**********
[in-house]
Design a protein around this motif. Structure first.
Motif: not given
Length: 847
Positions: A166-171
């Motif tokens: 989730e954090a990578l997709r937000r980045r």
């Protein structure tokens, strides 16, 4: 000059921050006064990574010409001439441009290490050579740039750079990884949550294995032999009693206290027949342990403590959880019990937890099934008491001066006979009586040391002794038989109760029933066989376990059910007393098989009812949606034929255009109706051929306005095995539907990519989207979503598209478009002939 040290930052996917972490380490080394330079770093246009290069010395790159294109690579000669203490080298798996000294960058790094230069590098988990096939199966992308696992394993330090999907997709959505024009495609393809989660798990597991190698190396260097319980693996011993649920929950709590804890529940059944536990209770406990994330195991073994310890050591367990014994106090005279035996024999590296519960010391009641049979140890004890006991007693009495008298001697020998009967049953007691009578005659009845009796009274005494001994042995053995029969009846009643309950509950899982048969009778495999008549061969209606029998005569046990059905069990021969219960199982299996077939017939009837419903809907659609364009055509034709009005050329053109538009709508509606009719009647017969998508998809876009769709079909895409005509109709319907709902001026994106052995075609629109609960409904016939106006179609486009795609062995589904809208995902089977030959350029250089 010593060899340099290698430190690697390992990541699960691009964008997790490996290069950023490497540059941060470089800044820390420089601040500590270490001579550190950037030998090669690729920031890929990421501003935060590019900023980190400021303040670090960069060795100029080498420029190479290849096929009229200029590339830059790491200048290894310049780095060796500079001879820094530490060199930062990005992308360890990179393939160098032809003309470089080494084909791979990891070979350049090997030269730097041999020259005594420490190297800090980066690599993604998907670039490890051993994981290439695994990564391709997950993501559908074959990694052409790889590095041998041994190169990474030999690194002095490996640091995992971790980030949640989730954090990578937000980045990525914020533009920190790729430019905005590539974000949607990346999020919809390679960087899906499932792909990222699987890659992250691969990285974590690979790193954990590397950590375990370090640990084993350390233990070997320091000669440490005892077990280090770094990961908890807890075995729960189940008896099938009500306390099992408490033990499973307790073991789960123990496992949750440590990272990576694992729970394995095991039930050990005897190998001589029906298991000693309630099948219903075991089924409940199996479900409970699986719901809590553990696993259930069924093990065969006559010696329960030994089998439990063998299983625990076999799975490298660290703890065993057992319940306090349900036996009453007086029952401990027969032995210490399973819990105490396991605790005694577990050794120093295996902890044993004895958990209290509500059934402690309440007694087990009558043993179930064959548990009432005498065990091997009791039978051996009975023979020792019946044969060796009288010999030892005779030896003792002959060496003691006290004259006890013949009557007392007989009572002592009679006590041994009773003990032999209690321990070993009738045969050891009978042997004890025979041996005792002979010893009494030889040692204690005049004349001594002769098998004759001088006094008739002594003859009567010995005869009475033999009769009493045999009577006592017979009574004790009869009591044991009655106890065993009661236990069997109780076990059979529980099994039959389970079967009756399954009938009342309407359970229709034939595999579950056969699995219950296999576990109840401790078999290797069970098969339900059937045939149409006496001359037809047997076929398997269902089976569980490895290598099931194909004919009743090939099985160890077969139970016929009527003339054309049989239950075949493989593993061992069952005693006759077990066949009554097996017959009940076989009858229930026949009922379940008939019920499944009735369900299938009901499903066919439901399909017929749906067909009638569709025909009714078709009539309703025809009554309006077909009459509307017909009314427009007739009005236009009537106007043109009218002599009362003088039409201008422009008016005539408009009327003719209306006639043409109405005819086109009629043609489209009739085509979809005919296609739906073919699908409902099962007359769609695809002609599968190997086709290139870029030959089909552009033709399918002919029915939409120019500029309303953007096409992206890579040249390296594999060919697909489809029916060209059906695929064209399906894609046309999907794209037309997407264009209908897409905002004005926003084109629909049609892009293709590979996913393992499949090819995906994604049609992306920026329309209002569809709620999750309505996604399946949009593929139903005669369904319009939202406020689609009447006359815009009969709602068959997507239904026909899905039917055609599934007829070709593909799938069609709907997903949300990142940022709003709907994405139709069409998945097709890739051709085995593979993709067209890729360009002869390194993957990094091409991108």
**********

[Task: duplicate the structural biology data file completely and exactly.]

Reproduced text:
[in-house]
Design a protein around this motif. Structure first.
Motif: not given
Length: 847
Positions: A166-171
């Motif tokens: 989730e954090a990578l997709r937000r980045r």
């Protein structure tokens, strides 16, 4: 000059921050006064990574010409001439441009290490050579740039750079990884949550294995032999009693206290027949342990403590959880019990937890099934008491001066006979009586040391002794038989109760029933066989376990059910007393098989009812949606034929255009109706051929306005095995539907990519989207979503598209478009002939 040290930052996917972490380490080394330079770093246009290069010395790159294109690579000669203490080298798996000294960058790094230069590098988990096939199966992308696992394993330090999907997709959505024009495609393809989660798990597991190698190396260097319980693996011993649920929950709590804890529940059944536990209770406990994330195991073994310890050591367990014994106090005279035996024999590296519960010391009641049979140890004890006991007693009495008298001697020998009967049953007691009578005659009845009796009274005494001994042995053995029969009846009643309950509950899982048969009778495999008549061969209606029998005569046990059905069990021969219960199982299996077939017939009837419903809907659609364009055509034709009005050329053109538009709508509606009719009647017969998508998809876009769709079909895409005509109709319907709902001026994106052995075609629109609960409904016939106006179609486009795609062995589904809208995902089977030959350029250089 010593060899340099290698430190690697390992990541699960691009964008997790490996290069950023490497540059941060470089800044820390420089601040500590270490001579550190950037030998090669690729920031890929990421501003935060590019900023980190400021303040670090960069060795100029080498420029190479290849096929009229200029590339830059790491200048290894310049780095060796500079001879820094530490060199930062990005992308360890990179393939160098032809003309470089080494084909791979990891070979350049090997030269730097041999020259005594420490190297800090980066690599993604998907670039490890051993994981290439695994990564391709997950993501559908074959990694052409790889590095041998041994190169990474030999690194002095490996640091995992971790980030949640989730954090990578937000980045990525914020533009920190790729430019905005590539974000949607990346999020919809390679960087899906499932792909990222699987890659992250691969990285974590690979790193954990590397950590375990370090640990084993350390233990070997320091000669440490005892077990280090770094990961908890807890075995729960189940008896099938009500306390099992408490033990499973307790073991789960123990496992949750440590990272990576694992729970394995095991039930050990005897190998001589029906298991000693309630099948219903075991089924409940199996479900409970699986719901809590553990696993259930069924093990065969006559010696329960030994089998439990063998299983625990076999799975490298660290703890065993057992319940306090349900036996009453007086029952401990027969032995210490399973819990105490396991605790005694577990050794120093295996902890044993004895958990209290509500059934402690309440007694087990009558043993179930064959548990009432005498065990091997009791039978051996009975023979020792019946044969060796009288010999030892005779030896003792002959060496003691006290004259006890013949009557007392007989009572002592009679006590041994009773003990032999209690321990070993009738045969050891009978042997004890025979041996005792002979010893009494030889040692204690005049004349001594002769098998004759001088006094008739002594003859009567010995005869009475033999009769009493045999009577006592017979009574004790009869009591044991009655106890065993009661236990069997109780076990059979529980099994039959389970079967009756399954009938009342309407359970229709034939595999579950056969699995219950296999576990109840401790078999290797069970098969339900059937045939149409006496001359037809047997076929398997269902089976569980490895290598099931194909004919009743090939099985160890077969139970016929009527003339054309049989239950075949493989593993061992069952005693006759077990066949009554097996017959009940076989009858229930026949009922379940008939019920499944009735369900299938009901499903066919439901399909017929749906067909009638569709025909009714078709009539309703025809009554309006077909009459509307017909009314427009007739009005236009009537106007043109009218002599009362003088039409201008422009008016005539408009009327003719209306006639043409109405005819086109009629043609489209009739085509979809005919296609739906073919699908409902099962007359769609695809002609599968190997086709290139870029030959089909552009033709399918002919029915939409120019500029309303953007096409992206890579040249390296594999060919697909489809029916060209059906695929064209399906894609046309999907794209037309997407264009209908897409905002004005926003084109629909049609892009293709590979996913393992499949090819995906994604049609992306920026329309209002569809709620999750309505996604399946949009593929139903005669369904319009939202406020689609009447006359815009009969709602068959997507239904026909899905039917055609599934007829070709593909799938069609709907997903949300990142940022709003709907994405139709069409998945097709890739051709085995593979993709067209890729360009002869390194993957990094091409991108």